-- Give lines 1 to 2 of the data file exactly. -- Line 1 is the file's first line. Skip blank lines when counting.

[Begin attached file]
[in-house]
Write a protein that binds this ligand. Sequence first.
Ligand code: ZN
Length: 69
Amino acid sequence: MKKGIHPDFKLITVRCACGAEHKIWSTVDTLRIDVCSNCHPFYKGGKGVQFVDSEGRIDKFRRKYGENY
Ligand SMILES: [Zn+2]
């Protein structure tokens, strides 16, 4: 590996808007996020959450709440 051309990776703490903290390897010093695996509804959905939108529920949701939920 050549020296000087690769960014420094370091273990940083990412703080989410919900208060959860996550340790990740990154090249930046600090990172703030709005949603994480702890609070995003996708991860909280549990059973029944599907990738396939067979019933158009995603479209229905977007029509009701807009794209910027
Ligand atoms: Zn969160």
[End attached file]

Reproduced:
[in-house]
Write a protein that binds this ligand. Sequence first.